The rationale for going to Afghanistan was the search for al-Qaida leaders who have been threatening to repeat 9/11 and so on. I’m not sure how invading a whole country was necessary to find a few guys hiding in the mountains. Sounds more like the job for a team of well-trained special ops people. But of course then Dick Chaney and his ilk wouldn’t be making billions on defense contracts, and the military-industrial complex would have to find something other to do. The Soviets, who had no moral compunctions about humane methods could not control all of Afghanistan for many years. There is little chance of the US doing that any time soon, especially that Soviet-style methods were much more effective in the short term. So I say send in the Seals, Green Berets or whatever other secret goons there are in the deepest recesses of the US military, take care of the dozen or so al-Qaida guys this whole thing’s been about all this time, and bring everyone back home. And leave the Afghans to do whatever they want to do with their country – if they want to live under Sharia law, let them. As long as they’re not trying to stone people on Oak Street Beach, what business is it of ours how they live?
Unfortunately, the hopes so many of us had of Obama ending the Republican insanity have gone unanswered. It looks as though Cheney’s boys have won, and the president is now simply a better-spoken, better-looking and slightly taller George W. Bush.
Ron Witte’s guest studio ended yesterday – considering my graphics, it’s no surprise that Bob Somol led off his comments with Sarah Palin, with Italian restaurants as a back-up. Anyway, here’s the goods, as they say – the idea was to use form and graphics to create spaces that connected and disconnected so as to enable you to be in more than one room at a time:
BTW, I presented first because I had to get to the youngest child’s first-ever volleyball game (her team won – they managed to serve properly twice, while their opponents never made it across the net).
Having a four-day guest studio exercise with Ron Witte (http://wwarchitecture.com). We’re talking about intersecting spaces that allow you to be in two rooms at the same time. In the exercise, we’re manipulating form and graphics to do just that – here’s my second attempt:
That’s it for now. Thank you for your attention.
Just got done with my midterm review – a lot of good feedback, but it looks like I’ll have to start pretty much from scratch.
The project is live-work housing for artists. One thing I think I’ll keep is the communal space on top:
I also kind of like the effect I got on the elevation, but since I’ll be moving circulation space off the facade, it’ll probably stay in the form of loggias or balconies:
I’ve been thinking what my long-term architectural project could be. I don’t care much about form, except as the icing on the functional cake, so to speak. Then again bad icing can spoil a perfectly decent cake. Though I’ve often been accused of being a functionalist, that’s not it either. Functionalism suggests that you either design only for function, which I’ve seen backfire too many times in various ways, or like Koolhaas and his bunch, the use of function/program to suggest a form. While some Koolhaasian architecture (the Seattle Public Library, for one) is admittedly really good, much of it gets stuck in gratuitously weird territory.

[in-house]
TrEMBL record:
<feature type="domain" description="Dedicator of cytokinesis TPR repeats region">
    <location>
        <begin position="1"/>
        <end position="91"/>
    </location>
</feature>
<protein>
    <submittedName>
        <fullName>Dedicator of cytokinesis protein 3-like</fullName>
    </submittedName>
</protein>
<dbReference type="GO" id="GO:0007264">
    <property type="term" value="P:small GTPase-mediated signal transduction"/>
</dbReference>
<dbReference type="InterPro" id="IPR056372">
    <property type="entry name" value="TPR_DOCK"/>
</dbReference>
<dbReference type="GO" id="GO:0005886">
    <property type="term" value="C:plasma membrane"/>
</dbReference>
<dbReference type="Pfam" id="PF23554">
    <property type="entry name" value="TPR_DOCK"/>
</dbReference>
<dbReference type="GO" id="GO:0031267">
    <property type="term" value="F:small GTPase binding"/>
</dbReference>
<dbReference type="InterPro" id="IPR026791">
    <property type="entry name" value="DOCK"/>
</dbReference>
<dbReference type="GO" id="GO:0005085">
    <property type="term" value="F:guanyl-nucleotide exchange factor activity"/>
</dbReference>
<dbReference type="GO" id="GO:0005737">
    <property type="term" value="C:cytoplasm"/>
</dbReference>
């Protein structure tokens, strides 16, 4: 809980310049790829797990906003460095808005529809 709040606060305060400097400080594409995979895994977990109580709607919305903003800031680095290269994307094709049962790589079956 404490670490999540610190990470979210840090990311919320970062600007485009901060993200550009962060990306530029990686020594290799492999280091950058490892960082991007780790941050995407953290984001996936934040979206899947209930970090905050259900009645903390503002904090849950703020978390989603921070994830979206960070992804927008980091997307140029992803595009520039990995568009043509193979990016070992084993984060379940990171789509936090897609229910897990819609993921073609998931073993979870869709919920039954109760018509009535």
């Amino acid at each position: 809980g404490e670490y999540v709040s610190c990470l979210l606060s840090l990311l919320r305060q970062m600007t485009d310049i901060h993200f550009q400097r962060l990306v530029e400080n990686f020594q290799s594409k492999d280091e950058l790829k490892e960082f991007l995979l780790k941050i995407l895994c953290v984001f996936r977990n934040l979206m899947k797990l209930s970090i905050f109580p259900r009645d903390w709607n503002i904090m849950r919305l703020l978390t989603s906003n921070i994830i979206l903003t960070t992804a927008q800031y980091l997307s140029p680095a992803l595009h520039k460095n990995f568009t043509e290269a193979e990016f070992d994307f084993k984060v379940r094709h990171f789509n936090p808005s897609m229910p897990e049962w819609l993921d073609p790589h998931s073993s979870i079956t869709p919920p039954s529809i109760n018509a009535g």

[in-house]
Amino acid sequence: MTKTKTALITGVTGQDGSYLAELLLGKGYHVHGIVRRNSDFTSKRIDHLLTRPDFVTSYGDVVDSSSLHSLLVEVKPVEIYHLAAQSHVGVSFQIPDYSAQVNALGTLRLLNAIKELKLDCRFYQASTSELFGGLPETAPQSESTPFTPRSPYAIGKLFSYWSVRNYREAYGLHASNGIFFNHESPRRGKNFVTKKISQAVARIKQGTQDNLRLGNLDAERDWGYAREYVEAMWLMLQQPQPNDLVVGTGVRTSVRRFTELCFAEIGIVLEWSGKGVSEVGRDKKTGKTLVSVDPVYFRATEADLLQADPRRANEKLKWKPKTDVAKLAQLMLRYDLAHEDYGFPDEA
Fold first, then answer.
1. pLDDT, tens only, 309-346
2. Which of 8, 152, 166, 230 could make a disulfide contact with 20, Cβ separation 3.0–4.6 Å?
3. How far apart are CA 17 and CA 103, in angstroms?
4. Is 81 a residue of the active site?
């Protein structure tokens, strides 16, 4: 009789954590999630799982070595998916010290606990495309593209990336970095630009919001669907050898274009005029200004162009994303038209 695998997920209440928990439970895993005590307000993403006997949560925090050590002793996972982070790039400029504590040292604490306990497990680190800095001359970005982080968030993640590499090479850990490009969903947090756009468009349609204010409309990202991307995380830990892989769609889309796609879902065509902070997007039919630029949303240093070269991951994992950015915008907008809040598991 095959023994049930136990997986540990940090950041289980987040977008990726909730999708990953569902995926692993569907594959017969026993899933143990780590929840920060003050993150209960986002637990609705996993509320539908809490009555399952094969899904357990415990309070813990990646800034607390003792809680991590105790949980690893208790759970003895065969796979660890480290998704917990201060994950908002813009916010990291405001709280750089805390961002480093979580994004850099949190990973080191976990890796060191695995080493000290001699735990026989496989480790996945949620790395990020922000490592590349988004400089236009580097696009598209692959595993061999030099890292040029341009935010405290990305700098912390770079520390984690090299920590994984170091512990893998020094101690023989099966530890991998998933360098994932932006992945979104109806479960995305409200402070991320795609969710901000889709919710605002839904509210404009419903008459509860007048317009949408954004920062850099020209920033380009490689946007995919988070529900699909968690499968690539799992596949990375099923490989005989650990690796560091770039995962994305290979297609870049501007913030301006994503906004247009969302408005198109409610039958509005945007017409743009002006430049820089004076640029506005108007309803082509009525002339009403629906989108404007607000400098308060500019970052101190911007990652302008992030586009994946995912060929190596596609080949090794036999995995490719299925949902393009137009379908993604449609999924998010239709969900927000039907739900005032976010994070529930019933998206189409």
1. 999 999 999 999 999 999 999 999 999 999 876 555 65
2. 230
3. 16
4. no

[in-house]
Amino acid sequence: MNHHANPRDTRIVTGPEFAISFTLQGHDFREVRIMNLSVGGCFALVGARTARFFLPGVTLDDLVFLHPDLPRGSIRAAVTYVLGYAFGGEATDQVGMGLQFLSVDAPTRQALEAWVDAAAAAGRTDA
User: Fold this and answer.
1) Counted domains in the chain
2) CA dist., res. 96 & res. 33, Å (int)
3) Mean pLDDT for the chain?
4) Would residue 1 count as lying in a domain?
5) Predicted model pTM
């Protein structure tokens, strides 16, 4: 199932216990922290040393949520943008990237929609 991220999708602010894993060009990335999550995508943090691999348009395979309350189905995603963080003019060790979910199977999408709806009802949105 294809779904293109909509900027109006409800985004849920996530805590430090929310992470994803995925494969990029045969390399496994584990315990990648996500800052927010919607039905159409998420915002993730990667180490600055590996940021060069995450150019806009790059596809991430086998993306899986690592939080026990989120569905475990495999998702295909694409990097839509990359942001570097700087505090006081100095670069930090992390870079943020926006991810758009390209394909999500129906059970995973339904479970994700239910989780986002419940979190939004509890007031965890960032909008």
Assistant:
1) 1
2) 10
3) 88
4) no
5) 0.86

OMA’s Hyperbuilding project – fantastic or just weird?
Then there’s the issue of newness – is newness a good thing of itself? Should we strive to come up with “The New”? What’s the point of that? Being new doesn’t guarantee being good, though it hardly seems worthwhile to tread water repeating old patterns. Unless – wait – one understands the goal of architecture to be the design of functional, usable and esthetically pleasing buildings.
What I’m thinking is more of a typological approach – you get standard types, and depart from them only if something forces you to. For instance, an office building would be a typical open-floor stack of slabs dressed in glass, unless some requirement forces you to change something about it. In that instance aesthetics could be taken care of by elevation and interior design. Substantive departures could result from usage and environmental factors, but should be no greater than required to do the job they’re intended for.
I guess I am a functionalist at heart, though I’m thinking this is more of a “reduce-reuse-recycle” architecture than the Modernist version. But is “functionalism with a human face” good enough?
Having ridiculed the literal treatment of D’Arcy Thompson’s esoteric ideas about form on several occasions (not to mention attempts to apply them directly in architecture), I was somewhat dumbstruck when I saw this:
Our world may be a giant hologram – New Scientist
Now if that ain’t the ultimate epigenetic plane story, I don’t know what could be. However, though I’m not sure if I understand it correctly, it seems that unlike Sanford Kwinter’s take on Thompson, this says nothing about individual free will (while Kwinter’s IMO is the apex of determinism).
Now back to our regularly scheduled programming.
Another star performance by Lebbeus Woods:
“Architecture has become more popular today than ever before. Its popularity does not come from the ways it improves the everyday lives of most people—as modernists like Gropius once hoped it would—but rather because of the ‘brand names’ now associated with its status as a consumer product.”
Come to think of it, that’s enough to get ol’ Walter Benjamin doing flips in his grave.
… or is it >>Design<<? Anyway, food for thought courtesy of Michael K. Speaks and our ever-reliable Ivan Ostapenko:
I really like his thinking about what design can accomplish when applied to real-world problems, and not just sterile games with form.
There are other tasty morsels there too, so be sure to dig around a bit. Not your usual dry architectural fare.